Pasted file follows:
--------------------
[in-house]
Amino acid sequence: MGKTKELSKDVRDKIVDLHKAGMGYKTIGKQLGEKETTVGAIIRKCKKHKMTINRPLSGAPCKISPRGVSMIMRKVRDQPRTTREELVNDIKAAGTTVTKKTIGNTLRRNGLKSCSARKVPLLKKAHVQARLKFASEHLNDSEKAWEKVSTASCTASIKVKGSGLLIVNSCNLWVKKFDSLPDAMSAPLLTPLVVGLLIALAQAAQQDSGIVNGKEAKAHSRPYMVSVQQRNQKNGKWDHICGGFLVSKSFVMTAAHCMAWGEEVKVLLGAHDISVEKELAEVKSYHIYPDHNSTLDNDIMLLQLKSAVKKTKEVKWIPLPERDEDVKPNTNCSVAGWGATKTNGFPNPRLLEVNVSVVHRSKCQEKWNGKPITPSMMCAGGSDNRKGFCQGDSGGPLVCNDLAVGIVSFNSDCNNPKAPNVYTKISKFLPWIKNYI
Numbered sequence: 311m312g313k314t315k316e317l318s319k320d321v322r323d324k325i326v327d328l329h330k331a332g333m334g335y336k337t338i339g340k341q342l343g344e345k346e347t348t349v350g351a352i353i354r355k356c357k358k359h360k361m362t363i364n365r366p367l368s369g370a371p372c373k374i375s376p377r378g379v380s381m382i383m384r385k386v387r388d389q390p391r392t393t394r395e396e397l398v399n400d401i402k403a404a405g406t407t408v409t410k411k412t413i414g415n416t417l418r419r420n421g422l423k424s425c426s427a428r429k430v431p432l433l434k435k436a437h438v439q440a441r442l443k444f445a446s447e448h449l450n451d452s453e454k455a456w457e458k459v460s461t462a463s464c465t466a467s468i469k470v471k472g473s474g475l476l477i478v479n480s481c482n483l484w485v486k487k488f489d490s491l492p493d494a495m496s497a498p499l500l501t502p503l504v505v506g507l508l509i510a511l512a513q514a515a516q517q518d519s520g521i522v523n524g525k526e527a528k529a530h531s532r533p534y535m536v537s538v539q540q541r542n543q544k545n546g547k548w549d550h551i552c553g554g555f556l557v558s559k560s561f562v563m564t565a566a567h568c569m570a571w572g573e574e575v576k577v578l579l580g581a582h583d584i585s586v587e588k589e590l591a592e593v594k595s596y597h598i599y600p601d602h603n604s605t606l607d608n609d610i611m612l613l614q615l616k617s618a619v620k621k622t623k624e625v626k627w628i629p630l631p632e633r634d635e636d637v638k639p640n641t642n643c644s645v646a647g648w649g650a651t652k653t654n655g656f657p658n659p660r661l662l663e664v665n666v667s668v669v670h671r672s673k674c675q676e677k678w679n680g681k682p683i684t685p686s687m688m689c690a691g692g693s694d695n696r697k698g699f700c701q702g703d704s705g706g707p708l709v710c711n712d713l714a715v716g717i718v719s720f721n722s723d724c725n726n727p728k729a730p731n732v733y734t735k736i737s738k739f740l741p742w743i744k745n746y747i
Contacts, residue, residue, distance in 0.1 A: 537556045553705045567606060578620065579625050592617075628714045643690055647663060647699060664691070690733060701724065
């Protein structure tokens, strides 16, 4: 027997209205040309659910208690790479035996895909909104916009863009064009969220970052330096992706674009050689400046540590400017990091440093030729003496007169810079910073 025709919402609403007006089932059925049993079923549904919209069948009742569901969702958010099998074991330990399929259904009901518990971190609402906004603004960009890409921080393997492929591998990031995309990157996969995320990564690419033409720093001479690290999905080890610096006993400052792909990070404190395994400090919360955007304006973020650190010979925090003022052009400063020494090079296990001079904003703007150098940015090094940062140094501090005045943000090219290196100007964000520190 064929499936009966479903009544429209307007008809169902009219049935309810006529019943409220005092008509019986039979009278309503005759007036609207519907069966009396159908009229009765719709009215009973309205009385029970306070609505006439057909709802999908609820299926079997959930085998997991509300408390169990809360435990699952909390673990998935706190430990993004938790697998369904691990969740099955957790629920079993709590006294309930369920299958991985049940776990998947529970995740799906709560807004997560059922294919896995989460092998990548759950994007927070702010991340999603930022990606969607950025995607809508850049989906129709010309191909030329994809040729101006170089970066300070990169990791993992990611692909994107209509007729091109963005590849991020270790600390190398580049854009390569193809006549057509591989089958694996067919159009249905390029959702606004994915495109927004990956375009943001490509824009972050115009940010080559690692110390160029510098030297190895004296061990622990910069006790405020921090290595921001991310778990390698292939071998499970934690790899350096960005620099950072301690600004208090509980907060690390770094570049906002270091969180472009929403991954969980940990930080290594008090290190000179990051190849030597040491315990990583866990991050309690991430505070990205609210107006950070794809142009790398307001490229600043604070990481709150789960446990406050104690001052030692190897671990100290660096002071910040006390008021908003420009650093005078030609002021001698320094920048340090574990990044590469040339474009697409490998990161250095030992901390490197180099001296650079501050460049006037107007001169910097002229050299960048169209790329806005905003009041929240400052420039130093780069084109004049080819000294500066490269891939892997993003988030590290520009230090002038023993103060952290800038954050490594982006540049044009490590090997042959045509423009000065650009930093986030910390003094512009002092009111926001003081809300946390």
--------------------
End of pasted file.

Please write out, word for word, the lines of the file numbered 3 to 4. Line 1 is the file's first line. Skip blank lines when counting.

Numbered sequence: 311m312g313k314t315k316e317l318s319k320d321v322r323d324k325i326v327d328l329h330k331a332g333m334g335y336k337t338i339g340k341q342l343g344e345k346e347t348t349v350g351a352i353i354r355k356c357k358k359h360k361m362t363i364n365r366p367l368s369g370a371p372c373k374i375s376p377r378g379v380s381m382i383m384r385k386v387r388d389q390p391r392t393t394r395e396e397l398v399n400d401i402k403a404a405g406t407t408v409t410k411k412t413i414g415n416t417l418r419r420n421g422l423k424s425c426s427a428r429k430v431p432l433l434k435k436a437h438v439q440a441r442l443k444f445a446s447e448h449l450n451d452s453e454k455a456w457e458k459v460s461t462a463s464c465t466a467s468i469k470v471k472g473s474g475l476l477i478v479n480s481c482n483l484w485v486k487k488f489d490s491l492p493d494a495m496s497a498p499l500l501t502p503l504v505v506g507l508l509i510a511l512a513q514a515a516q517q518d519s520g521i522v523n524g525k526e527a528k529a530h531s532r533p534y535m536v537s538v539q540q541r542n543q544k545n546g547k548w549d550h551i552c553g554g555f556l557v558s559k560s561f562v563m564t565a566a567h568c569m570a571w572g573e574e575v576k577v578l579l580g581a582h583d584i585s586v587e588k589e590l591a592e593v594k595s596y597h598i599y600p601d602h603n604s605t606l607d608n609d610i611m612l613l614q615l616k617s618a619v620k621k622t623k624e625v626k627w628i629p630l631p632e633r634d635e636d637v638k639p640n641t642n643c644s645v646a647g648w649g650a651t652k653t654n655g656f657p658n659p660r661l662l663e664v665n666v667s668v669v670h671r672s673k674c675q676e677k678w679n680g681k682p683i684t685p686s687m688m689c690a691g692g693s694d695n696r697k698g699f700c701q702g703d704s705g706g707p708l709v710c711n712d713l714a715v716g717i718v719s720f721n722s723d724c725n726n727p728k729a730p731n732v733y734t735k736i737s738k739f740l741p742w743i744k745n746y747i
Contacts, residue, residue, distance in 0.1 A: 537556045553705045567606060578620065579625050592617075628714045643690055647663060647699060664691070690733060701724065